Alan Lloyd retired to London from Herefordshire, UK.  He remains a trustee and founder member of the Ledbury Poetry Festival, which he also used to organise.

Judy Lloyd has worked variously as an assistant to Roman Polanski, as a Citizens Advice Bureau advisor, and in a book shop whilst bringing up three daughters.  She gained a first class honours degree through the Open University and then an MA at Essex in Oral History before being awarded a PhD (2006) from UCL.  She currently enjoys life in London.

Cathy Macaulay-Cornish is an architect with a master’s degree in town planning from the University of London, U.K.  She lives with her husband and two children in Melbourne, Australia where she works as an architect specialising in residential projects and sustainable design.  She also writes about planning and social issues.

Jane McChrystal is a London-based psychotherapeutic counsellor. Her particular research interests are in attachment difficulties and their effects on mental health. She is currently involved in the development of a primary care-based brief psychotherapy service in north London.

Zygmunt Nowak-Solinski was born in Poland and spent much of his adult life in Scotland and France.  He now lives in both Poland and Scotland, working as a freelance photographer, writer and translator.

Thomas Ovans is Irish and came to London in the mid 1990s.  He has a background in technical and academic writing and editing, mostly in the field of aerospace engineering.  However he has recently begun to diversify into other forms of prose, including book reviews.  And after being a serious reader of poetry for many years he is now beginning to publish some poems of his own.

Julia Pascal is a playwright, theatre director and Artistic Director of Pascal Theatre Company  The first woman director at the National Theatre, U.K., her plays have been produced in Britain, France, Germany, Switzerland, the USA and are published by Oberon Books.  As an arts critic she has written for the major broadsheets, the BBC, and was Dance Editor of City Limits. In London she teaches writing part-time for New York University and St Lawrence University.  She was a NESTA Dream Time Fellow and Writer in Residence for the Wiener Library.

B. J. Rahn has an international reputation for her teaching, research, and writing about crime fiction.  She has published articles in, for example, Scribner’s Mystery and Suspense Writers, The Dictionary of Literary Biography and the Oxford Companion to Crime and Mystery Writing.  Professor Rahn leads detective walking tours of sites in the lives and fiction of authors such as Arthur Conan Doyle, Dorothy L. Sayers, Agatha Christie, and Margery Allingham in the U.K., and in the USA authors Dashiell Hammett, Rex Stout, Linda Fairstein and Edgar Allan Poe.

Natalia Read is the West Midlands regional editor of the online publication ArtArtArt. She has a degree from the University of Bristol (2008) and recently completed a training programme with Matt Roberts Arts in London.

Ruth Rosengarten is an artist and art historian. She was born in Israel and spent twelve years in South Africa before moving to London and then Lisbon where she lived and worked for twenty years. Since 2002 she has been living near Stamford, U.K.,

Michael Sangster trained at Chelsea School of Art and the Royal Academy Schools. Principally concerned with the fall of light on objects, he works from observation in still life, portraiture and landscape. He has a studio at Kensal Green.

Carla Scarano is an Italian teacher; poet; short story writer and painter.  She lives in Chobham and teaches Italian language and literature in an international school in Woking. She reads her work at Poetry events around the country. At the moment she is attending the Woking Stanza group and Woking Writers Circle as well as being a member of the Poetry Society and of Second Light Network for women poets.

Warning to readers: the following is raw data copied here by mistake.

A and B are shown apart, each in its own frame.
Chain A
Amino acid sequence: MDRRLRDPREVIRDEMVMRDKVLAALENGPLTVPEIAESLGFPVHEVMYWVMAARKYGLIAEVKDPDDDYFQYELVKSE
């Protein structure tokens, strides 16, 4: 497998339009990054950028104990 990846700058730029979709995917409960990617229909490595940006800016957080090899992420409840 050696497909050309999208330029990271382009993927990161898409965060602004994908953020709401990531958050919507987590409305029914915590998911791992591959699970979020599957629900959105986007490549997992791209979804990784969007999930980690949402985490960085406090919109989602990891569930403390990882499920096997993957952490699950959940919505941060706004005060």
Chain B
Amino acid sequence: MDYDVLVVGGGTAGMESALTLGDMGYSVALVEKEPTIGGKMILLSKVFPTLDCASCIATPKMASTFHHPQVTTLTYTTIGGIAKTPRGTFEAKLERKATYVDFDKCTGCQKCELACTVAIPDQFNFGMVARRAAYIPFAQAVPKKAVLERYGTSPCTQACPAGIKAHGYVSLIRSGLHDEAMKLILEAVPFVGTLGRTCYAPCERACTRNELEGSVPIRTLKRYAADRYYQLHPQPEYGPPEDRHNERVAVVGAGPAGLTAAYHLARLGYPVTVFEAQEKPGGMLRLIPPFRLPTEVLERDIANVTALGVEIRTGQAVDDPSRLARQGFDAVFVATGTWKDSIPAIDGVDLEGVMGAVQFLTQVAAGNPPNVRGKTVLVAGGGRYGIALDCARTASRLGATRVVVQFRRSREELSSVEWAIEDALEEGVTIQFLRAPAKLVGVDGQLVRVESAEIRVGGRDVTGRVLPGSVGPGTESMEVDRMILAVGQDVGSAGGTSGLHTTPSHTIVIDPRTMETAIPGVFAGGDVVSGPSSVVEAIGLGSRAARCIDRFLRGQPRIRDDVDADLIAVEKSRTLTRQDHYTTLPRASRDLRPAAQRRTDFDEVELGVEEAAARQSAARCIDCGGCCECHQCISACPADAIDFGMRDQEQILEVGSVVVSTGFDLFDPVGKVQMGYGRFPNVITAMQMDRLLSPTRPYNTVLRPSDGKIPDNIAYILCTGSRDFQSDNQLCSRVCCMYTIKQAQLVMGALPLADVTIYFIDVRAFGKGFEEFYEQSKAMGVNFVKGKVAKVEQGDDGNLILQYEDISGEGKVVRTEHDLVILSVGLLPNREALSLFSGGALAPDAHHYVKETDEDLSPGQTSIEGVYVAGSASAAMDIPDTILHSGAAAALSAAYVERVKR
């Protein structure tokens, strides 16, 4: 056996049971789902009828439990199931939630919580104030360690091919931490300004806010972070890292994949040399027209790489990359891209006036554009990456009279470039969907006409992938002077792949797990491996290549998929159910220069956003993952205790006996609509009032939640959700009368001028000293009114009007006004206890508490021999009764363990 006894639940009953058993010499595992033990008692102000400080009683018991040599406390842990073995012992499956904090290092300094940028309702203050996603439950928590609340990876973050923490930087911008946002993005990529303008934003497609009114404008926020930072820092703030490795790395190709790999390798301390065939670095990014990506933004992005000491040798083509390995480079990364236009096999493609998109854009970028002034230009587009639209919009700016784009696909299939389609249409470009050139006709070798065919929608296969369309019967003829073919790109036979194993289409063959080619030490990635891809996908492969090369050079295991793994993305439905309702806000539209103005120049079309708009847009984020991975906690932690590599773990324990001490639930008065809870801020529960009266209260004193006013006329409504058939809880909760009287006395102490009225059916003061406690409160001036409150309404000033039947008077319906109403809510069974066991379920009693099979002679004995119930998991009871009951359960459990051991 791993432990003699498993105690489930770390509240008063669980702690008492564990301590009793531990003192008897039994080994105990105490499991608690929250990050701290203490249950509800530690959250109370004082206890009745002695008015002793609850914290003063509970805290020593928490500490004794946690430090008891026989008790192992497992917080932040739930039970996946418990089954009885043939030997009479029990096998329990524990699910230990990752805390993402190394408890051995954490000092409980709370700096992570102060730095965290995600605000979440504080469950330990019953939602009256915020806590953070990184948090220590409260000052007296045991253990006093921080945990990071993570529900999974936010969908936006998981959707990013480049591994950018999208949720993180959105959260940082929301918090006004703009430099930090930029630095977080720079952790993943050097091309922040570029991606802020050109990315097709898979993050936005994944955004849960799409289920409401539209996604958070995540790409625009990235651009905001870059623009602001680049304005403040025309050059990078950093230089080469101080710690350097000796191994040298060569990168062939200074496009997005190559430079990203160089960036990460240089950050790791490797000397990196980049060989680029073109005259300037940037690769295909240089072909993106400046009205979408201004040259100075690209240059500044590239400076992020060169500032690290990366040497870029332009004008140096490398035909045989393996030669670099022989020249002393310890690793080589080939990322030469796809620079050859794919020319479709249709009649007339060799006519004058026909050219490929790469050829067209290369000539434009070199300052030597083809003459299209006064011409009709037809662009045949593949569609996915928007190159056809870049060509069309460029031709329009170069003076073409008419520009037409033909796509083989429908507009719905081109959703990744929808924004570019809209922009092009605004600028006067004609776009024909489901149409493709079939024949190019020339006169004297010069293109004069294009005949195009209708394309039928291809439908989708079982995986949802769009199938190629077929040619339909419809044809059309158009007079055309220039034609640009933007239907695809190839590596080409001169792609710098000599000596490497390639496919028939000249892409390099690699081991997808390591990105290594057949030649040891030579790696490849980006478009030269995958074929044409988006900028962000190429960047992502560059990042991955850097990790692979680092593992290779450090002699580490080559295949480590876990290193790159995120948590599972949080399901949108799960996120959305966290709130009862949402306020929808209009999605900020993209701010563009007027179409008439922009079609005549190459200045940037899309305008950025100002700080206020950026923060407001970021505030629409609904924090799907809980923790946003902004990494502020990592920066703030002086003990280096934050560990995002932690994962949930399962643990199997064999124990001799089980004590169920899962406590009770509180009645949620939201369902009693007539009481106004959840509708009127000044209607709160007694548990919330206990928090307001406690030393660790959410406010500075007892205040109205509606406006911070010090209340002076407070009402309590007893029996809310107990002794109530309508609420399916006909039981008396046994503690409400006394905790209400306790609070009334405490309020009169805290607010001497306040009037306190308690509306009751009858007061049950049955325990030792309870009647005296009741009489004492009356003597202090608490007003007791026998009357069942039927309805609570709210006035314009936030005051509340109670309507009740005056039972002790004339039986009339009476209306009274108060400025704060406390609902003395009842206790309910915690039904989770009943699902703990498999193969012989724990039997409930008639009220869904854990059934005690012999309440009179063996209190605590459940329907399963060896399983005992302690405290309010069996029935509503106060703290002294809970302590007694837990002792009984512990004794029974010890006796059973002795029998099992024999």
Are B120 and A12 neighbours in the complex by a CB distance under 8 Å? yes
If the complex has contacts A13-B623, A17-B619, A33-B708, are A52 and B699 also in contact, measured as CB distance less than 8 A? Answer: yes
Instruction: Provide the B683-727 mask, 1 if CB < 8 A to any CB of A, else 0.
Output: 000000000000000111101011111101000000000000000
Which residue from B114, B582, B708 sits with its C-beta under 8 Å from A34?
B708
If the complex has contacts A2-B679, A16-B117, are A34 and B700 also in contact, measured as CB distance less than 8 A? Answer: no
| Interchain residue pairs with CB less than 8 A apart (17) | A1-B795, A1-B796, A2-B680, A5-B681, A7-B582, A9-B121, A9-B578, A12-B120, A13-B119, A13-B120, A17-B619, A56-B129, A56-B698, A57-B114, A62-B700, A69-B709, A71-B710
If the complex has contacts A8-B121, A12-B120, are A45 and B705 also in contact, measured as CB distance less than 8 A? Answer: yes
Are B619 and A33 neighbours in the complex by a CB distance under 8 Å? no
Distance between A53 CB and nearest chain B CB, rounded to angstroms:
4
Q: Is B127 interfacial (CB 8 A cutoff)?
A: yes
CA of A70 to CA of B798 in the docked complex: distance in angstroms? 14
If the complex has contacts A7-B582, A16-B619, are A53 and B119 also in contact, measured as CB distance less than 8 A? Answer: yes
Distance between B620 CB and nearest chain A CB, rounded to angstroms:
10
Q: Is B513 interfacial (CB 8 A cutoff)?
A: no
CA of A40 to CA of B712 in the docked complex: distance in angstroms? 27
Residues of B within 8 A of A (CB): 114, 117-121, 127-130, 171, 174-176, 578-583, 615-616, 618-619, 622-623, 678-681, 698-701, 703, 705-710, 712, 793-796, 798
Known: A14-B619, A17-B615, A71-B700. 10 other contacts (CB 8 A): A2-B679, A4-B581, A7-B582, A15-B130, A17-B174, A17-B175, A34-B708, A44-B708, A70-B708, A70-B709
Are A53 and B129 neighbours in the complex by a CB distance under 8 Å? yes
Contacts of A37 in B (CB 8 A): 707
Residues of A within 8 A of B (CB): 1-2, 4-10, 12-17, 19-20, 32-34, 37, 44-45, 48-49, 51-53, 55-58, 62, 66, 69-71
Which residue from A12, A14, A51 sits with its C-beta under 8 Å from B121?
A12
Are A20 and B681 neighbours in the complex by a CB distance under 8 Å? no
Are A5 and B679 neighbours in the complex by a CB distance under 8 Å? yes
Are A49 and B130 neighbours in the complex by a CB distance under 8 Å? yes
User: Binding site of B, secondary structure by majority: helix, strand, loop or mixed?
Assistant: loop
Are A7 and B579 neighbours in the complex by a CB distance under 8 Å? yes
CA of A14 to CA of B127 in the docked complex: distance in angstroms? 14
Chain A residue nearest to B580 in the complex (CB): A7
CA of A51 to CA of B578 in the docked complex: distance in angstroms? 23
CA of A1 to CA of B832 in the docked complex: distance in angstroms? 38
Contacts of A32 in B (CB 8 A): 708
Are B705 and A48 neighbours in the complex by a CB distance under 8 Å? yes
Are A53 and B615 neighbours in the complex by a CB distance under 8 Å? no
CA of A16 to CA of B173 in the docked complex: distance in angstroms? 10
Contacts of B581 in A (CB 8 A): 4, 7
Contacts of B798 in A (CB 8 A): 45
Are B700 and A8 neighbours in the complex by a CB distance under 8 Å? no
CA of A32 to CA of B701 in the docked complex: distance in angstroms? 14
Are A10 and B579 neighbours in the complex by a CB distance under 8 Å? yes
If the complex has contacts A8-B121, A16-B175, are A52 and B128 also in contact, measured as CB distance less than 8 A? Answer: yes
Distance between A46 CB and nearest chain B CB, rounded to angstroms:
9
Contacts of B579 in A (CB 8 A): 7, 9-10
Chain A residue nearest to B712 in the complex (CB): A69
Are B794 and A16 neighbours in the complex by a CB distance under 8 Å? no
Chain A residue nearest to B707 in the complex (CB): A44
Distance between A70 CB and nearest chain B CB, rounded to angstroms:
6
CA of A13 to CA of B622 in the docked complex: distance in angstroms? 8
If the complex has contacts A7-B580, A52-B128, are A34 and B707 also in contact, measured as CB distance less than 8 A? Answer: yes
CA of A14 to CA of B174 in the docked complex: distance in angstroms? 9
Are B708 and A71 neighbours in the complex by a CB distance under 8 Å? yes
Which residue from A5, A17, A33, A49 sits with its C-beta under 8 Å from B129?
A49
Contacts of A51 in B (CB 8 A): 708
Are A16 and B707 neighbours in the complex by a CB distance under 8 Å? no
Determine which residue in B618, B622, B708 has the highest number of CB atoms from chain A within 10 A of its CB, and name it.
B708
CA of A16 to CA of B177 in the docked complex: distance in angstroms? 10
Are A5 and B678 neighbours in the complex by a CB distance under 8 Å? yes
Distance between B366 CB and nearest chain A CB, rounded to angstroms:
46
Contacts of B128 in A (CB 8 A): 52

Phlebas & Shaw are a skilled SCUBA diving team committed to monitoring and revealing ecological devastation which development is causing to relatively unspoiled coastlines.

Jacques Touitou: Depuis le premier jour ou j’ai commencĂ© a me servir d’un pinceau et peintre, je me suis consacrĂ© uniquement a mes quatre couleurs de prĂ©deliction, le rouge, le blanc, le bleu et le jaune. Pendant des annĂ©es je me suis uniquement consacrĂ© a dĂ©finir ma palette sur cette base de couleurs. Ces couleurs rĂ©present la nature et sa force, sa sensibilitĂ© et son romantisme. Le noir est la frontière.

Robert Vas Dias, London Grip’s Poetry Editor 2009 – 10, has published eight collections, the most recent of which was Still · Life and Other Poems of Art and Artifice (2010), and The Lascaux Variations: Fractals of Being (2009). An Anglo-American, his work has appeared in magazines in both the USA and Britain. He is a core tutor with The Poetry School in London, UK, and writes on book art and artists’ books, particularly those which incorporate poetry and text.

Romano Viazzani is a musician – a performer, arranger and TV soundtrack composer. For many years he has played and been recorded in ensembles and stage shows across Europe and the UK, with, amongst others, Grace Jones, Phil Manzanera (Roxy Music), and for several years, Gilad Atzmon and the Orient House Ensemble. Most recently he performed in Songs From A Hotel Bedroom with Frances Ruffelle at the Royal Opera House’s Linbury Theatre.

Gabriele vom Brück is Lecturer in Social Anthropology at the School of Oriental & African Studies, London, and has carried out extensive research in Yemen. She is the author of Islam, Memory and Morality in Yemen: Ruling Families in Transition and is co-author of The Anthropology of Names and Naming (C.U.P.). She is currently writing a biography of a woman who survived Yemen’s period of political upheaval in the late 1940s.

Carole Woddis has been a theatre journalist and critic for over 30 years. London reviewer and feature writer for Glasgow’s The Herald for 12 years, she now reviews for theatre websites and records interviews for TheatreVoice ( and for the Rose Bruford Theatre Archive.
Books published include The Bloomsbury Theatre Guide with Trevor T Griffiths; a collection of interviews with actresses, Sheer Bloody Magic (Virago) and Faber & Faber’s Pocket Guide to 20th Century Drama with Stephen Unwin.